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Oral Pathology

Oral cancer exam

According to research conducted by the American Cancer society, more than 30,000 cases of oral cancer are diagnosed each year and of those, more than 7,000 result in the death of the patient. Oral cancer can often be detected in its early stages with an oral cancer screening exam. There are many different places in the oral cavity and maxillofacial region where oral cancers can occur, including:

  • lips

  • mouth

  • tongue

  • salivary glands

  • oropharyngeal region (throat)

  • gums

  • face

Reasons to get an oral cancer examination

When oral cancer is diagnosed in its earliest stages, treatment is generally very effective. Any noticeable abnormalities in the tongue, gums, mouth, or surrounding area should be evaluated by a health professional as quickly as possible. During an oral cancer exam, we will thoroughly examine the maxillofacial and oral regions for signs of pathologic changes. The following signs will be investigated during a routine oral cancer exam:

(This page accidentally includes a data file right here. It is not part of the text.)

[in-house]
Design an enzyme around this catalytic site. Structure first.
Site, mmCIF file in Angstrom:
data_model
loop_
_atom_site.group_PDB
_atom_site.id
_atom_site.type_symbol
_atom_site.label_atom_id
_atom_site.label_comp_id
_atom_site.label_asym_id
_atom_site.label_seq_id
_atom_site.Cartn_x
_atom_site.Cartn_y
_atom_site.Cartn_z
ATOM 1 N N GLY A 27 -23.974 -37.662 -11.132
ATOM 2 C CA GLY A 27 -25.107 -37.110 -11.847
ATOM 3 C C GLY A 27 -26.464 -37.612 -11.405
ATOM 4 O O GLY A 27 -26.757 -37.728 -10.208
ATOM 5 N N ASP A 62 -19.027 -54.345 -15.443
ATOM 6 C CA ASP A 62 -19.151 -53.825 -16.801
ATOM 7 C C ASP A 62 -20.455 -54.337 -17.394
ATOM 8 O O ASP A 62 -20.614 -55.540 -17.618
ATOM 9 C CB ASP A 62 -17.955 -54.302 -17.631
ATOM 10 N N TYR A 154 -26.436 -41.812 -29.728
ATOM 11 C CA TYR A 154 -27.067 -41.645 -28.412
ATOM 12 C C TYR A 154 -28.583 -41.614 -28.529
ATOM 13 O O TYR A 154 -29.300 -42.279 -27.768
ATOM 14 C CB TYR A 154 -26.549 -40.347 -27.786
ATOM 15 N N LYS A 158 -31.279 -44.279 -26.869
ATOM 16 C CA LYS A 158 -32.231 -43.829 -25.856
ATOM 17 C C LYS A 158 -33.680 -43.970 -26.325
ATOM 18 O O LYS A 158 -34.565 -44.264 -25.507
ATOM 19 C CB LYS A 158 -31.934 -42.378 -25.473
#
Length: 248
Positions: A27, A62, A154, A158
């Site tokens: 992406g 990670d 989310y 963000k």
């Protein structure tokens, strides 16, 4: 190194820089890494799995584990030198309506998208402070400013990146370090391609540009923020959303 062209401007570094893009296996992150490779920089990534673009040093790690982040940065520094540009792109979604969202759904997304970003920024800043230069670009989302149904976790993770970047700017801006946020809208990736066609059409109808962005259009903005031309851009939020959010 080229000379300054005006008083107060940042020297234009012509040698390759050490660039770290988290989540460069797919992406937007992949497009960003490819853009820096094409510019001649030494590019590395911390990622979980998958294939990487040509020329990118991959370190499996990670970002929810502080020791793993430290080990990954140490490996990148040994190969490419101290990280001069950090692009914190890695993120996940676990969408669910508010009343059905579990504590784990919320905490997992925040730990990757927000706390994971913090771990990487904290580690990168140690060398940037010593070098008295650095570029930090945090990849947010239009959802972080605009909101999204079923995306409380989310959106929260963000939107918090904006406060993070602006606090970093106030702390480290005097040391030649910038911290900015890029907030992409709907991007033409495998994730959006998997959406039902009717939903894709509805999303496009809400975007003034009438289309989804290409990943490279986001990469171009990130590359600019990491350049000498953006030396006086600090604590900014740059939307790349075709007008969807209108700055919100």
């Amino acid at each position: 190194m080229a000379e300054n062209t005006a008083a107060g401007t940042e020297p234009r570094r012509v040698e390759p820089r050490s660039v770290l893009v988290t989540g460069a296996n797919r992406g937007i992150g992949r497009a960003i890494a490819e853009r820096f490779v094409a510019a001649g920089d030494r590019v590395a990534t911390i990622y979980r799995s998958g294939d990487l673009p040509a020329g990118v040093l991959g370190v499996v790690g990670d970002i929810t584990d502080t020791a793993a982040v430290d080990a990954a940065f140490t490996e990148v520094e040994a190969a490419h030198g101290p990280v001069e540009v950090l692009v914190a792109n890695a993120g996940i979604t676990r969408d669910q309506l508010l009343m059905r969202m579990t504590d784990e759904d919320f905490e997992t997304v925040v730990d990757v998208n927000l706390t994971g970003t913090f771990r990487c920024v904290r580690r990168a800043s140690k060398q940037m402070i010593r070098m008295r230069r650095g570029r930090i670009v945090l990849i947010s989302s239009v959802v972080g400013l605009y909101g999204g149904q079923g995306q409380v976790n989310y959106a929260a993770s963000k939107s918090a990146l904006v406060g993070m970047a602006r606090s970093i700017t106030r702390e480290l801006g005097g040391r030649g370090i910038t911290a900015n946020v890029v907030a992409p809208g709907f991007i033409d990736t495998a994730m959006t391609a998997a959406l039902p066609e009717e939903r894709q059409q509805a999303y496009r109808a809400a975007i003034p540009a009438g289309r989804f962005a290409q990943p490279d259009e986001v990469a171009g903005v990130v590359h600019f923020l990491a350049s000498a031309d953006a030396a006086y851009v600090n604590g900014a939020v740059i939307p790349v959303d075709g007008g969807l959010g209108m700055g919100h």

• Red patches and sores – Red or white patches on the floor of the mouth, the front and sides of the tongue, the cheeks, or the gums that fail to heal can be indicative of pathologic (cancerous) changes.

  • Leukoplakia – A white or gray lesion that can appear anywhere inside the mouth. Leukoplakia can be cancerous, or may become cancerous without treatment.

  • Lumps – Soreness, lumps, or the general thickening of tissue anywhere in the mouth can indicate pathological problems.

It is important to note that approximately 75 percent of oral cancers are linked with modifiable behaviours such as smoking, tobacco use, and excessive alcohol consumption.

Oral cancer exams, diagnosis, and treatment

The oral cancer exam is completely painless. During the visual examination, we look for abnormalities and feel the face, glands, and neck for unusual bumps. If abnormalities, lesions, or lumps are apparent, we may perform a biopsy. A biopsy is the removal or partial removal of abnormal tissue. The sample is sent to the University of Toronto’s Department of Oral Pathology for microscopic evaluation. Results usually take one or two weeks and we will review our findings with you and your referring dentist.

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